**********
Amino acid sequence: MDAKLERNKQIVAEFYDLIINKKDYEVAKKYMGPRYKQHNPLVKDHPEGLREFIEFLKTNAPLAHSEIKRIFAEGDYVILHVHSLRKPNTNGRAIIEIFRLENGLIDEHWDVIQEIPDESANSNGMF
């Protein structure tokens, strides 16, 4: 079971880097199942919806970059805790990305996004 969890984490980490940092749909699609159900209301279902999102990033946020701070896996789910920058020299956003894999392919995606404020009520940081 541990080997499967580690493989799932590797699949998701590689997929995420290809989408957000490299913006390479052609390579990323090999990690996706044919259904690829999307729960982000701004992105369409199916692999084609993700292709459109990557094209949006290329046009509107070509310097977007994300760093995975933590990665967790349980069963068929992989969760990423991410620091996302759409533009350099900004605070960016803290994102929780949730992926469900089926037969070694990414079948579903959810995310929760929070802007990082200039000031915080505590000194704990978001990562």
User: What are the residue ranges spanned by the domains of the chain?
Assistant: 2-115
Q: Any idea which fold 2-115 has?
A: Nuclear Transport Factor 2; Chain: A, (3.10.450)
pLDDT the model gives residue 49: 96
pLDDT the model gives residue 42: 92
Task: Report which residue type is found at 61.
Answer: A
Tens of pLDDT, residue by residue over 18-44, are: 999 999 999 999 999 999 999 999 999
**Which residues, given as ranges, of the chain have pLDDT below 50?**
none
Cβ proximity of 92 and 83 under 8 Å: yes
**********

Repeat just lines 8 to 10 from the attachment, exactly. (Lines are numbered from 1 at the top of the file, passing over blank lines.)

pLDDT the model gives residue 42: 92
Task: Report which residue type is found at 61.
Answer: A